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Trail of Lightning

Written by: Rebecca Roanhorse
Narrated by: Tanis Parenteau
Length: 8 hrs and 58 mins
4.5 out of 5 stars (42 ratings)

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Publisher's Summary

The sudden rising waters of a climate apocalypse have destroyed most of the planet…yet out of these waters, Dinétah, a former Navajo reservation, has been miraculously reborn. Listen along as Tanis Parenteau's impeccable narration, capturing the rhythms of Navajo speech, fully envelopes you into the Sixth World. 

When Dinétah needs help finding a missing girl, Maggie - a monster hunter and supernatural killer - is its last, best hope. Trail of Lightning follows our heroine as she walks the land alongside gods, heroes of legend, and monsters alike. Reluctantly, she enlists the aid of an unconventional medicine man, and together they travel Dinétah, unraveling clues from ancient legends and trading favors with tricksters. As Maggie discovers the truth behind the killings, she will have to confront her past if she wants to survive - for what she uncovers about the monster she is sent to find is much more terrifying than anything she could imagine.   

©2018 Rebecca Roanhorse (P)2018 Audible, Inc.

What members say

Average Customer Ratings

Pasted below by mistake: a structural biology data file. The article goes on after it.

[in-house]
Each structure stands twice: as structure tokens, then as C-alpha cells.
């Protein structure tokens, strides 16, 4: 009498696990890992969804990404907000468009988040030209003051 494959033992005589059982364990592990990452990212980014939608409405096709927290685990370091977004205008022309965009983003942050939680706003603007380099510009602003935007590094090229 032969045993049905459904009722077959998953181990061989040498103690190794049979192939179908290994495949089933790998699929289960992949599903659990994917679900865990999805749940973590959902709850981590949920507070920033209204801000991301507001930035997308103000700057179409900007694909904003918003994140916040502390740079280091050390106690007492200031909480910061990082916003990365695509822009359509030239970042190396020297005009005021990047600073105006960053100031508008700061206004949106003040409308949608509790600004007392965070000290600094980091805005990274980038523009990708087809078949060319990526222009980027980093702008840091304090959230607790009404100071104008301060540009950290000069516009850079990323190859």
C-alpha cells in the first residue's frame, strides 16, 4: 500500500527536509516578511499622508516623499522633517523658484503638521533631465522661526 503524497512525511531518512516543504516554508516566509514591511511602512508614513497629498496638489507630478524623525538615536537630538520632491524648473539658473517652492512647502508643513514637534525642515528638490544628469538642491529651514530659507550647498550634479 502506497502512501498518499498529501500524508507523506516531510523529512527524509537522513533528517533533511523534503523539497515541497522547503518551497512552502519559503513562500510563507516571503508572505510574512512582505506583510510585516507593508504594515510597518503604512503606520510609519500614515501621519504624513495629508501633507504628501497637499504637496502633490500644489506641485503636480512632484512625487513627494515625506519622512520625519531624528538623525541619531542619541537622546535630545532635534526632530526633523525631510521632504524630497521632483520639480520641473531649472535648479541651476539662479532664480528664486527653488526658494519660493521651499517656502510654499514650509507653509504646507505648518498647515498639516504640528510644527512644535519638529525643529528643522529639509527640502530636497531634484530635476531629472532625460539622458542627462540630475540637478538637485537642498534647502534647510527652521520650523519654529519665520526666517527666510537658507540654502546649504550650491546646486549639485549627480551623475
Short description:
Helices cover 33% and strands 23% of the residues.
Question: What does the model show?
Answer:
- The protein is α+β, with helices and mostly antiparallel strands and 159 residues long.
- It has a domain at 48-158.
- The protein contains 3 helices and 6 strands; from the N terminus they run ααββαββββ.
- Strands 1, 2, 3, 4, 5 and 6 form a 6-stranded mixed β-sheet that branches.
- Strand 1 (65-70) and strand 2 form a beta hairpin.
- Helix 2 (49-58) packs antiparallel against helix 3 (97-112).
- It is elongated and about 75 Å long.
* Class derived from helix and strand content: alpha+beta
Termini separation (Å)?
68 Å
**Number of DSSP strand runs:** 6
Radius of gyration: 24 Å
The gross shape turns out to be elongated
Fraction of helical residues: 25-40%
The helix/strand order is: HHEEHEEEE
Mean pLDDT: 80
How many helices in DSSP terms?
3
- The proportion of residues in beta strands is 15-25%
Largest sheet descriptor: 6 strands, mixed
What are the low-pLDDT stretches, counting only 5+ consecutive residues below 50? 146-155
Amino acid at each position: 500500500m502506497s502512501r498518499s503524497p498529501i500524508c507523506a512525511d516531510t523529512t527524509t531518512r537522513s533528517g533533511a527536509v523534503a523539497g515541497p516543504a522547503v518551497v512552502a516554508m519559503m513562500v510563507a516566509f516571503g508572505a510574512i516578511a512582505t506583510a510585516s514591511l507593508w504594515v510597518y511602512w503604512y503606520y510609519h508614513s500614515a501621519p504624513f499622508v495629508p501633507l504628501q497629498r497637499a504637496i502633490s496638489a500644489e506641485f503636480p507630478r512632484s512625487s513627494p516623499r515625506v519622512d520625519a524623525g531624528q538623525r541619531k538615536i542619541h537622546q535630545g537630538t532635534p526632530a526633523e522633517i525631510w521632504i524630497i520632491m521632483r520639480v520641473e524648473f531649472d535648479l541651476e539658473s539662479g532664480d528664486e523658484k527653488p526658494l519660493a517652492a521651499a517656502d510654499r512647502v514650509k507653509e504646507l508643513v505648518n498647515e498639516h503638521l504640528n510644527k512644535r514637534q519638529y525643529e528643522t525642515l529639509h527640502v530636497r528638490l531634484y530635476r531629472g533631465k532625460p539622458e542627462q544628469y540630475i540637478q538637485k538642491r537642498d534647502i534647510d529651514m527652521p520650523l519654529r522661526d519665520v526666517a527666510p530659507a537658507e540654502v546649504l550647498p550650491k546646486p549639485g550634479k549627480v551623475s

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  • Overall
    5 out of 5 stars
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    3 out of 5 stars
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    5 out of 5 stars

if you like urban fantasy...

So good. If you like Dresden and Iron Druid; give this a listen. The world is so fascinating; post-apactoliptic, native magic, with all the mystery of gods and double crossing immortals.

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    4 out of 5 stars
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    4 out of 5 stars

intriguing and violent

This is a brutal world with a complex mythology. A nigh classic story of gods walking the earth.

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    5 out of 5 stars
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I'm addicted to well-written urban fantasy

I loved that it's read by a Metis actress! And I can't stop talking about this book, I think my friends are just smiling and nodding as I fangirl at this point.

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  • Annie Slasher (Booked & Loaded)
  • 2019-01-14

AMAZING STORY

I picked up Trail of Lightning on a whim while trying to find something new to use my Audible credits on. This is easily the most pleased with a random purchase since...well...EVER. Trail of Lightning is not only a well-written story, but the characters are dynamic and each page seemed to bring an unexpected turn.